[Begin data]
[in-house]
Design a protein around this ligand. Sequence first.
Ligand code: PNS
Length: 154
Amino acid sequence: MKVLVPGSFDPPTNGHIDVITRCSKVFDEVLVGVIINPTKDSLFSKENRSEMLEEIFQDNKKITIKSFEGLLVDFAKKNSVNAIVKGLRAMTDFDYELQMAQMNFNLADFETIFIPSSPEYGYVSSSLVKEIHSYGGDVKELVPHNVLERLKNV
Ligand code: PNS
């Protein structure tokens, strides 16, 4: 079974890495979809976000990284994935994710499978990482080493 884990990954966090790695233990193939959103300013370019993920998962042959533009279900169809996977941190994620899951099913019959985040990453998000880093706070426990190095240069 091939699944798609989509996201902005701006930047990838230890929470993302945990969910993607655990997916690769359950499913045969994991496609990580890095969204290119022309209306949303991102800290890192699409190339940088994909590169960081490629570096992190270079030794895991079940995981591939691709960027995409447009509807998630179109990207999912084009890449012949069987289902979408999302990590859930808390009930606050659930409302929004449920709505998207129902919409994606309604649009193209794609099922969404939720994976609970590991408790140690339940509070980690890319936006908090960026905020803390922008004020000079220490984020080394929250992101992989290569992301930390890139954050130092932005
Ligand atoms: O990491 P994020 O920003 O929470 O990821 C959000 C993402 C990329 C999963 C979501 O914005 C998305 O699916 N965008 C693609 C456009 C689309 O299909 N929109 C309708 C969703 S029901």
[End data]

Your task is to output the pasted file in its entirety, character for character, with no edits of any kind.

[in-house]
Design a protein around this ligand. Sequence first.
Ligand code: PNS
Length: 154
Amino acid sequence: MKVLVPGSFDPPTNGHIDVITRCSKVFDEVLVGVIINPTKDSLFSKENRSEMLEEIFQDNKKITIKSFEGLLVDFAKKNSVNAIVKGLRAMTDFDYELQMAQMNFNLADFETIFIPSSPEYGYVSSSLVKEIHSYGGDVKELVPHNVLERLKNV
Ligand code: PNS
């Protein structure tokens, strides 16, 4: 079974890495979809976000990284994935994710499978990482080493 884990990954966090790695233990193939959103300013370019993920998962042959533009279900169809996977941190994620899951099913019959985040990453998000880093706070426990190095240069 091939699944798609989509996201902005701006930047990838230890929470993302945990969910993607655990997916690769359950499913045969994991496609990580890095969204290119022309209306949303991102800290890192699409190339940088994909590169960081490629570096992190270079030794895991079940995981591939691709960027995409447009509807998630179109990207999912084009890449012949069987289902979408999302990590859930808390009930606050659930409302929004449920709505998207129902919409994606309604649009193209794609099922969404939720994976609970590991408790140690339940509070980690890319936006908090960026905020803390922008004020000079220490984020080394929250992101992989290569992301930390890139954050130092932005
Ligand atoms: O990491 P994020 O920003 O929470 O990821 C959000 C993402 C990329 C999963 C979501 O914005 C998305 O699916 N965008 C693609 C456009 C689309 O299909 N929109 C309708 C969703 S029901």